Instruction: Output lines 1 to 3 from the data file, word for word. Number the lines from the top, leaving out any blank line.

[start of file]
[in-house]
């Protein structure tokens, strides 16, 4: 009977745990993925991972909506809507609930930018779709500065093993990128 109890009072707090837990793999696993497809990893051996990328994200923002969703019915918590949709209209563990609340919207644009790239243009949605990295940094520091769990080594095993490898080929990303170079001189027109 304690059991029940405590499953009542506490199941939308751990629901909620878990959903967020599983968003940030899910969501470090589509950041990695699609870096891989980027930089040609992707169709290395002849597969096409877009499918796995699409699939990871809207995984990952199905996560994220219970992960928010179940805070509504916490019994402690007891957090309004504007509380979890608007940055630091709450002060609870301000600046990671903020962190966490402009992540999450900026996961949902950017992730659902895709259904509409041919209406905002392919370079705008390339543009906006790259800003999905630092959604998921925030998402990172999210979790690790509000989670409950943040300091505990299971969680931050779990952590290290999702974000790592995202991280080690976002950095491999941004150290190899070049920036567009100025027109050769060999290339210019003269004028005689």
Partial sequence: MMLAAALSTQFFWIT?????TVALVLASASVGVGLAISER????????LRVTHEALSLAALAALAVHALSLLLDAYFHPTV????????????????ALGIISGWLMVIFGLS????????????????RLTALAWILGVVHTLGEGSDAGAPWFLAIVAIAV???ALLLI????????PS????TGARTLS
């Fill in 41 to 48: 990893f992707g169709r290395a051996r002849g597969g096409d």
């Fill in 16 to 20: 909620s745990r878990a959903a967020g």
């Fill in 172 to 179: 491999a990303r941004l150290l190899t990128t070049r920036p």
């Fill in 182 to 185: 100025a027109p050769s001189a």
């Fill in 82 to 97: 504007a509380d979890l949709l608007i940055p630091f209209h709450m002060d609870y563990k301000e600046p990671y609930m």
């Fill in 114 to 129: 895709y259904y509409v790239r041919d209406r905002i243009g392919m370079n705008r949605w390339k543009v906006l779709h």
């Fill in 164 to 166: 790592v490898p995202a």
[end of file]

[in-house]
């Protein structure tokens, strides 16, 4: 009977745990993925991972909506809507609930930018779709500065093993990128 109890009072707090837990793999696993497809990893051996990328994200923002969703019915918590949709209209563990609340919207644009790239243009949605990295940094520091769990080594095993490898080929990303170079001189027109 304690059991029940405590499953009542506490199941939308751990629901909620878990959903967020599983968003940030899910969501470090589509950041990695699609870096891989980027930089040609992707169709290395002849597969096409877009499918796995699409699939990871809207995984990952199905996560994220219970992960928010179940805070509504916490019994402690007891957090309004504007509380979890608007940055630091709450002060609870301000600046990671903020962190966490402009992540999450900026996961949902950017992730659902895709259904509409041919209406905002392919370079705008390339543009906006790259800003999905630092959604998921925030998402990172999210979790690790509000989670409950943040300091505990299971969680931050779990952590290290999702974000790592995202991280080690976002950095491999941004150290190899070049920036567009100025027109050769060999290339210019003269004028005689």
Partial sequence: MMLAAALSTQFFWIT?????TVALVLASASVGVGLAISER????????LRVTHEALSLAALAALAVHALSLLLDAYFHPTV????????????????ALGIISGWLMVIFGLS????????????????RLTALAWILGVVHTLGEGSDAGAPWFLAIVAIAV???ALLLI????????PS????TGARTLS